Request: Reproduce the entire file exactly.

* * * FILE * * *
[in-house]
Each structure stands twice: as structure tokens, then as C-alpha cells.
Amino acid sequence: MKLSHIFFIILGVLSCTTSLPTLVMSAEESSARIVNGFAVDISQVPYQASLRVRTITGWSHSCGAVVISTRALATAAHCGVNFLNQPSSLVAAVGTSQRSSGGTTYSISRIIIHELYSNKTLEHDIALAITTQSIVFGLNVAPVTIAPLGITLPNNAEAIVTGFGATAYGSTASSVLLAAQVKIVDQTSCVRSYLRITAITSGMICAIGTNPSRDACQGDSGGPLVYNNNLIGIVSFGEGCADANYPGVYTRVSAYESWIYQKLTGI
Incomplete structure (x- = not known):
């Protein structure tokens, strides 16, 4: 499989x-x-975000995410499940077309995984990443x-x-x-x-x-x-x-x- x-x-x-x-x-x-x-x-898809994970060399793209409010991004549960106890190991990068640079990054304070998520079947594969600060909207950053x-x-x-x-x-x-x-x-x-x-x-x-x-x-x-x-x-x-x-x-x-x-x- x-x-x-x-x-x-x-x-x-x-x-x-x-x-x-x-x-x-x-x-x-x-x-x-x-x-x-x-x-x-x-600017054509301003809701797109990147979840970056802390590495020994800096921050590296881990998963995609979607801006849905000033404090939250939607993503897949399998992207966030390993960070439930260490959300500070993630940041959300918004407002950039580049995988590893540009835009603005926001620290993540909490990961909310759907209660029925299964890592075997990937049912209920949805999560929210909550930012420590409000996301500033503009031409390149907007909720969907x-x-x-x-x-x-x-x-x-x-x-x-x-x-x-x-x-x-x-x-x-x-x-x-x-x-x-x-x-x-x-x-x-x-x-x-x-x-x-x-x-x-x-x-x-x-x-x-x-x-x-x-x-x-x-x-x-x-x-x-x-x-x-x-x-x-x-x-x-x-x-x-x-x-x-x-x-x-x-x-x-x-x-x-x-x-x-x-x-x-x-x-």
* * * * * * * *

[in-house]
Each structure stands twice: as structure tokens, then as C-alpha cells.
Amino acid sequence: MKLSHIFFIILGVLSCTTSLPTLVMSAEESSARIVNGFAVDISQVPYQASLRVRTITGWSHSCGAVVISTRALATAAHCGVNFLNQPSSLVAAVGTSQRSSGGTTYSISRIIIHELYSNKTLEHDIALAITTQSIVFGLNVAPVTIAPLGITLPNNAEAIVTGFGATAYGSTASSVLLAAQVKIVDQTSCVRSYLRITAITSGMICAIGTNPSRDACQGDSGGPLVYNNNLIGIVSFGEGCADANYPGVYTRVSAYESWIYQKLTGI
Incomplete structure (x- = not known):
């Protein structure tokens, strides 16, 4: 499989x-x-975000995410499940077309995984990443x-x-x-x-x-x-x-x- x-x-x-x-x-x-x-x-898809994970060399793209409010991004549960106890190991990068640079990054304070998520079947594969600060909207950053x-x-x-x-x-x-x-x-x-x-x-x-x-x-x-x-x-x-x-x-x-x-x- x-x-x-x-x-x-x-x-x-x-x-x-x-x-x-x-x-x-x-x-x-x-x-x-x-x-x-x-x-x-x-600017054509301003809701797109990147979840970056802390590495020994800096921050590296881990998963995609979607801006849905000033404090939250939607993503897949399998992207966030390993960070439930260490959300500070993630940041959300918004407002950039580049995988590893540009835009603005926001620290993540909490990961909310759907209660029925299964890592075997990937049912209920949805999560929210909550930012420590409000996301500033503009031409390149907007909720969907x-x-x-x-x-x-x-x-x-x-x-x-x-x-x-x-x-x-x-x-x-x-x-x-x-x-x-x-x-x-x-x-x-x-x-x-x-x-x-x-x-x-x-x-x-x-x-x-x-x-x-x-x-x-x-x-x-x-x-x-x-x-x-x-x-x-x-x-x-x-x-x-x-x-x-x-x-x-x-x-x-x-x-x-x-x-x-x-x-x-x-x-």